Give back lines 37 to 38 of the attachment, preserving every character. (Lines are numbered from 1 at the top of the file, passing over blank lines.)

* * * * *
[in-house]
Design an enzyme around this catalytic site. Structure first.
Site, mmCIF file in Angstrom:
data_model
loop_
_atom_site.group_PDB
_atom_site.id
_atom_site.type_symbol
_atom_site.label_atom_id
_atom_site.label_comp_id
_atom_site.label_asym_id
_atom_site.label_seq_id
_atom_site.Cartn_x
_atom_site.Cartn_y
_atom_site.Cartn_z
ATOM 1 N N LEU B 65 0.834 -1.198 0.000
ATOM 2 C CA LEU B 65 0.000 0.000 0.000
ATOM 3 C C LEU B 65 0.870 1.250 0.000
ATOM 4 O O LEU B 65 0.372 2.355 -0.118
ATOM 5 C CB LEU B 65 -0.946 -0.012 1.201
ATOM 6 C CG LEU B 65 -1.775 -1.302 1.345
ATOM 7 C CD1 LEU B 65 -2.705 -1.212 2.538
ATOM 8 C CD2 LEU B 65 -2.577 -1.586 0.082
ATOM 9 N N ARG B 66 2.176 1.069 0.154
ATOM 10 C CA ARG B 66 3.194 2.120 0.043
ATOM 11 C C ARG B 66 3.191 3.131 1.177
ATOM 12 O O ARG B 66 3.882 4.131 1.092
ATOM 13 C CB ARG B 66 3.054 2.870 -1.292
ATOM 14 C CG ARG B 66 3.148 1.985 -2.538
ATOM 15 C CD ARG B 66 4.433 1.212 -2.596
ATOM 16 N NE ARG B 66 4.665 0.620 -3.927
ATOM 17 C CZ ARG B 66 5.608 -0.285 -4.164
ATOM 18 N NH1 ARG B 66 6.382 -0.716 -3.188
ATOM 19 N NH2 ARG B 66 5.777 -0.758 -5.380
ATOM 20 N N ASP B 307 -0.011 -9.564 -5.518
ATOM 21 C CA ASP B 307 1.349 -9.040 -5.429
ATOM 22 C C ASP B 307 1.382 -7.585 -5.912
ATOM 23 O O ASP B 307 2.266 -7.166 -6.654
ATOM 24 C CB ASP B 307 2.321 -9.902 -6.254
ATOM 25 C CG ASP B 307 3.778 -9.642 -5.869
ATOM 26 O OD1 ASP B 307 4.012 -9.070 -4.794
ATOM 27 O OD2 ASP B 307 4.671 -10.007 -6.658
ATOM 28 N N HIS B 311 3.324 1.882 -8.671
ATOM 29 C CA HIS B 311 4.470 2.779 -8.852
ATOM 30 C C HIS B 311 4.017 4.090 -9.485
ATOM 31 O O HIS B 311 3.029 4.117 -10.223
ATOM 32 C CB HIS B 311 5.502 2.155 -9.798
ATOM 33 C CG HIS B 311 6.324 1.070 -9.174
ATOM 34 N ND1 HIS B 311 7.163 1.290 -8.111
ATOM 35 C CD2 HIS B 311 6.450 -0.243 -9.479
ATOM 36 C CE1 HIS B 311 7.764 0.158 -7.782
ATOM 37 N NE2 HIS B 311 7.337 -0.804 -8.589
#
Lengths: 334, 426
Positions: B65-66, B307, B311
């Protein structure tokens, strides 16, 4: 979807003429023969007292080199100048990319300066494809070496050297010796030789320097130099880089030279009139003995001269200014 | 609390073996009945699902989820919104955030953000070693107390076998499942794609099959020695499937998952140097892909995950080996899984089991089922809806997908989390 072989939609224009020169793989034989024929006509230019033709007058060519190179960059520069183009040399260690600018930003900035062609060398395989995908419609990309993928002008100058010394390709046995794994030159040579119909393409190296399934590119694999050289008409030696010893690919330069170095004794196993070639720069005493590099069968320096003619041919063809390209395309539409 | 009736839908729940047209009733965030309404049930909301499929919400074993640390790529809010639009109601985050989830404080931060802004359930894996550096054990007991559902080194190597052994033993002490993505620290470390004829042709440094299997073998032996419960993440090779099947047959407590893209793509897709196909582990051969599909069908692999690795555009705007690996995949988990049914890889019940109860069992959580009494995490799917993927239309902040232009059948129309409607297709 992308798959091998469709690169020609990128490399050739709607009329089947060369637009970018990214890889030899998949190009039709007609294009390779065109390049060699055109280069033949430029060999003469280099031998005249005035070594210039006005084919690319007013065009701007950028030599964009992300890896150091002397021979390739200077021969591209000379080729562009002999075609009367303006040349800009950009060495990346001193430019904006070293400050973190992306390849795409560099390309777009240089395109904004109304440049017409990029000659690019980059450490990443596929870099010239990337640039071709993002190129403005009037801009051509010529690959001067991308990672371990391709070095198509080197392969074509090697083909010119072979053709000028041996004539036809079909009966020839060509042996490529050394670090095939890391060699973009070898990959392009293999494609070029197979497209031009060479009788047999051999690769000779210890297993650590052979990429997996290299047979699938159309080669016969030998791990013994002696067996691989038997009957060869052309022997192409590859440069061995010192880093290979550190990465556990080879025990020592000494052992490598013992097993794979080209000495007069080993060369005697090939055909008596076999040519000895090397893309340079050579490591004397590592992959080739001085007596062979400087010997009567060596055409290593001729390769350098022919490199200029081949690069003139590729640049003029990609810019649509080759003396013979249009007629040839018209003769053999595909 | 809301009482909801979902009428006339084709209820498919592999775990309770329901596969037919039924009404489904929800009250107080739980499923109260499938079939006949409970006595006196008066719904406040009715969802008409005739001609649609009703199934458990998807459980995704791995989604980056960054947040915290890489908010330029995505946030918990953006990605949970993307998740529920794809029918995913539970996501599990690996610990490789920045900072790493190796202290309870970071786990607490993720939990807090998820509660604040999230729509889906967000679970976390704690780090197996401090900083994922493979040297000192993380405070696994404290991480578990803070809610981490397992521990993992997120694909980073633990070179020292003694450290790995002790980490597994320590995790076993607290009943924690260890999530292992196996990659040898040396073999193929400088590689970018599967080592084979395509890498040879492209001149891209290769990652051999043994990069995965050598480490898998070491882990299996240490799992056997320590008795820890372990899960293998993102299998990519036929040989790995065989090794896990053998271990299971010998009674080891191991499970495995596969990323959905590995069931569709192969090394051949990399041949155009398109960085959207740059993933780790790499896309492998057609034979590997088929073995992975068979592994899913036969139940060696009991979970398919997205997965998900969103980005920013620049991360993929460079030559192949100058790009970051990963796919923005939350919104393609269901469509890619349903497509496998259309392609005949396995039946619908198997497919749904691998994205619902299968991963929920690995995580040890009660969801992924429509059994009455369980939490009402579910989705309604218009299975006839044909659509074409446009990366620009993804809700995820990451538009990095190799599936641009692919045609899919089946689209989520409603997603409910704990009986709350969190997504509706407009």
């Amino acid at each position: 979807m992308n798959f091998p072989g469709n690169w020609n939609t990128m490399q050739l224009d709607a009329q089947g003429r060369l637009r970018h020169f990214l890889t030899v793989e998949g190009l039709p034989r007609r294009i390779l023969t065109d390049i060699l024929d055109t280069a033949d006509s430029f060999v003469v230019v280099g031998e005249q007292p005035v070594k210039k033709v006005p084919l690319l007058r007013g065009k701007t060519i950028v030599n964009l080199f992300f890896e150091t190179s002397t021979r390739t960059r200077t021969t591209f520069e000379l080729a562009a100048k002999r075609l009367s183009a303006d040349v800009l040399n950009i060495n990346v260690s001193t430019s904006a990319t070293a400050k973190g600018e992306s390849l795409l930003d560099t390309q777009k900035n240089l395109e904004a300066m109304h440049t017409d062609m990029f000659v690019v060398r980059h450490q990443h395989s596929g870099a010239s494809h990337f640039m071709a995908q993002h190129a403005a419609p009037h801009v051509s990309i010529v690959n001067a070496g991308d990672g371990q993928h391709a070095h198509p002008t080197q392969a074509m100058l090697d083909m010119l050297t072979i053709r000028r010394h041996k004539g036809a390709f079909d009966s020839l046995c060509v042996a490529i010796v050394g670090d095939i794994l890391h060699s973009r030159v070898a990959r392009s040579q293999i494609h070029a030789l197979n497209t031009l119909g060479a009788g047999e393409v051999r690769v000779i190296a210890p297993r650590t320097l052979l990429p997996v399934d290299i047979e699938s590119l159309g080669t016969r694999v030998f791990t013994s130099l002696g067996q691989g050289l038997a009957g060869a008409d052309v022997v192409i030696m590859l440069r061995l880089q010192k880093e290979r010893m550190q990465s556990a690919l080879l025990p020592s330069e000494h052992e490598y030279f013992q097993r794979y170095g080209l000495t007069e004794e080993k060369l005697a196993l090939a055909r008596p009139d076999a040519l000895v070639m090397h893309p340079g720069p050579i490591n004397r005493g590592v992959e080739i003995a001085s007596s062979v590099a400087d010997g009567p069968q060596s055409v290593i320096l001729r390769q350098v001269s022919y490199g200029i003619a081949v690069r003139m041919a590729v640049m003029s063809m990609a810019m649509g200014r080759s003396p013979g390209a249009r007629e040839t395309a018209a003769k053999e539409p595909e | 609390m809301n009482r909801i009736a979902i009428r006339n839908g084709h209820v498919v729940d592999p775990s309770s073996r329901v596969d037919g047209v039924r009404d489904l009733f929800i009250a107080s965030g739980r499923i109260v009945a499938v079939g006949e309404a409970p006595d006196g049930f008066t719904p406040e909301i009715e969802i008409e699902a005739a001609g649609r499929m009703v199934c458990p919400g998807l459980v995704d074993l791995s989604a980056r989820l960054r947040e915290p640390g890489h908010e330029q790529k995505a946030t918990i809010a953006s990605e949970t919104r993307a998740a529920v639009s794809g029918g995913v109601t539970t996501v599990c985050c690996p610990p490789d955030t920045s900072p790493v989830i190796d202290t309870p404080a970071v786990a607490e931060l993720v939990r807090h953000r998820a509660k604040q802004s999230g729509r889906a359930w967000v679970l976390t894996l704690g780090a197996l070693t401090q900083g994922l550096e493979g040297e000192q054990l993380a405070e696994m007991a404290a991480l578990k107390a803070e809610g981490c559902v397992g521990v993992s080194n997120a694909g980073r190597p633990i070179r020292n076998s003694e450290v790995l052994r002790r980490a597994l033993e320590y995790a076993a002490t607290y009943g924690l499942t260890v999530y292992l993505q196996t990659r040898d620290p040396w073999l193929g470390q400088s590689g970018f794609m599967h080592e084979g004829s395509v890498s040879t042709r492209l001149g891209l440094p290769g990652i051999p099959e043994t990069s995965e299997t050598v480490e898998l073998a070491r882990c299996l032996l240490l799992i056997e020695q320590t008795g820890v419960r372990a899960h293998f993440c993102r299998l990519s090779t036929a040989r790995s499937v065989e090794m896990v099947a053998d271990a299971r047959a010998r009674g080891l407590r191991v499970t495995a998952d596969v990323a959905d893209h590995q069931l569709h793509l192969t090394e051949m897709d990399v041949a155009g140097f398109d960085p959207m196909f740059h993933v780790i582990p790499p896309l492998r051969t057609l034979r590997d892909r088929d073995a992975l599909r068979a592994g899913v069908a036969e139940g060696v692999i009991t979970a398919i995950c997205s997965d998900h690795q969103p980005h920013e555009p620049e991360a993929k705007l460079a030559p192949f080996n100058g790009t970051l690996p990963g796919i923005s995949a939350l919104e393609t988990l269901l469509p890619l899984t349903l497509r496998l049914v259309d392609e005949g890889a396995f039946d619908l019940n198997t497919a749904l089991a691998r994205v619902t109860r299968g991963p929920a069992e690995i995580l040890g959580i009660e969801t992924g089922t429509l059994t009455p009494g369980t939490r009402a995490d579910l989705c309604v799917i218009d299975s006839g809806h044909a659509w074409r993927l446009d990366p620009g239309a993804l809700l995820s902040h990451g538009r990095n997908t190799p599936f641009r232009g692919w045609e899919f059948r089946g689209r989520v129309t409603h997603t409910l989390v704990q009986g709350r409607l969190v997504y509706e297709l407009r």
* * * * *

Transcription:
ATOM 22 C C ASP B 307 1.382 -7.585 -5.912
ATOM 23 O O ASP B 307 2.266 -7.166 -6.654